Nachi Falls inspires awe in everyone that sees it – it has been a site of worship for over 1500 years! Make the trek out here to experience it for yourself!
This is one of those views that you see of Japan and think, “I must see that;” then, you google it and realize how out of the way it is. We weren’t going to let that stop us! If the pilgrims were able to hike their way to it for hundreds of years, I shouldn’t complain about a bit of a drive!
We made a day trip out to Nachi Falls from Nara, and you might wonder if it’s worth the drive from Osaka/Kyoto/Nara. It really is as beautiful as the pictures suggest. I would recommend coordinating a visit with some other sites in the area, especially if you are doing any hiking. Only make it a day trip if (like us) this is on your must-do list and your time is short! With that said, I’m so happy we made the drive to see it and would absolutely do it again!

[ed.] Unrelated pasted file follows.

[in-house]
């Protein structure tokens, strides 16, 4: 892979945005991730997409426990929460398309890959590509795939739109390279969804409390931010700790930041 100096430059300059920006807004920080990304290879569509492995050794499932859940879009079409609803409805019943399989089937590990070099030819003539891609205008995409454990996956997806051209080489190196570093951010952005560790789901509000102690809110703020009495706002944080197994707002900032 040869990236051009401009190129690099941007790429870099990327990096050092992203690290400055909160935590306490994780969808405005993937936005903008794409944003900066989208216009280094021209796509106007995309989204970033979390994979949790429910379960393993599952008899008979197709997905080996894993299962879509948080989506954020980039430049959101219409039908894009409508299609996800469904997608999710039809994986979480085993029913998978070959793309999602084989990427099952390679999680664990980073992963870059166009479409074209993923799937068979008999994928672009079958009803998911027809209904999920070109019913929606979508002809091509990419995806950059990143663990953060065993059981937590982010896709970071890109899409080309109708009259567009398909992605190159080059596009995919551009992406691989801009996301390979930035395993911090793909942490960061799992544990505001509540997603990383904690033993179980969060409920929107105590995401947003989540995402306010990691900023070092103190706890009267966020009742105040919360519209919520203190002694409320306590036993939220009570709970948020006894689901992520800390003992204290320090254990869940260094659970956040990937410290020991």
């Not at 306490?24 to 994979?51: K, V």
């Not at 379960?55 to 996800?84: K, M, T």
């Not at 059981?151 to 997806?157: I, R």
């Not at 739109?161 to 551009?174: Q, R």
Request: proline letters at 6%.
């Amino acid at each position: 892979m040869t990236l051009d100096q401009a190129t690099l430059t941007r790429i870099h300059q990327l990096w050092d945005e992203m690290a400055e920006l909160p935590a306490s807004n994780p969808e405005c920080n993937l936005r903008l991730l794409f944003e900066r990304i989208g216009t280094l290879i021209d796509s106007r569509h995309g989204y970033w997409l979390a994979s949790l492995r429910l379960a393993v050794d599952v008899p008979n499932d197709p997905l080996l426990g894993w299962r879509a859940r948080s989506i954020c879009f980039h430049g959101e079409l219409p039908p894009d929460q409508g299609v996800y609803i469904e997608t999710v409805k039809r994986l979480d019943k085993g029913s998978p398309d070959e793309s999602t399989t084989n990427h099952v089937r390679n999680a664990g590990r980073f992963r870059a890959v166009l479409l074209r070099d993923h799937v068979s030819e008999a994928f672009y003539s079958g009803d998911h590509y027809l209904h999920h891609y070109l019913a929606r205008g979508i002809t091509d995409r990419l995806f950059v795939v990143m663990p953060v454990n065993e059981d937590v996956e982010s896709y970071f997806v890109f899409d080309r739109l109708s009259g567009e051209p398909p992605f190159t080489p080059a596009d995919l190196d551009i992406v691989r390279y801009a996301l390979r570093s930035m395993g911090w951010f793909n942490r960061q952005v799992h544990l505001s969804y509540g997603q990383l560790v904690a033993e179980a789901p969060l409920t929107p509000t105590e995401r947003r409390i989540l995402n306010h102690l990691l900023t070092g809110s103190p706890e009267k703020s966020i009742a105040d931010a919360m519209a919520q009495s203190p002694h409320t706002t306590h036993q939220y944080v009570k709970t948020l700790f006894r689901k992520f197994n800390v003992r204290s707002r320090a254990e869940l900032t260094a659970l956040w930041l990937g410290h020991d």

Nachi Falls is one of Japan’s most famous waterfalls. It has the highest uninterrupted drop of 133 meters (436 feet), just beating out Shomyo falls’ highest drop of 126 meters!
The Kumano Kudo Pilgrimage has various routes that converge at Nachi Falls. This area has religious significance for both Shinto and Buddhism; they intertwined harmoniously since Buddhism was introduced to the area during the 6th century, but the Buddhist shrine at the top of the falls was destroyed after the Meiji Restoration. Early each morning a Shinto priest makes offerings to the waterfall in a sacred ritual.
This 3-story pagoda offers a beautiful view of the waterfall. For ¥300 you are able to enjoy the art on the inside, climb up the stairs and enjoy the panorama from the top. There is beautiful art on every floor, and it is the most colorful shrine we’ve seen!
Plan your trip
You can get here by bus from Kii-Katsuura Station and Nachi Station. We drove from Nara, where we were staying, and it took about 3 ½ hours to get there. Afterwards we drove to Matsusaka where we had a wonderful wagyu dinner that put our experiences with Kobe beef to shame!
Along the way to Nachi we saw one of the largest torii gates (otorii) that we have ever seen! It is in the city of Tanabe, where they have a small museum; the staff were very friendly and one even spoke excellent English!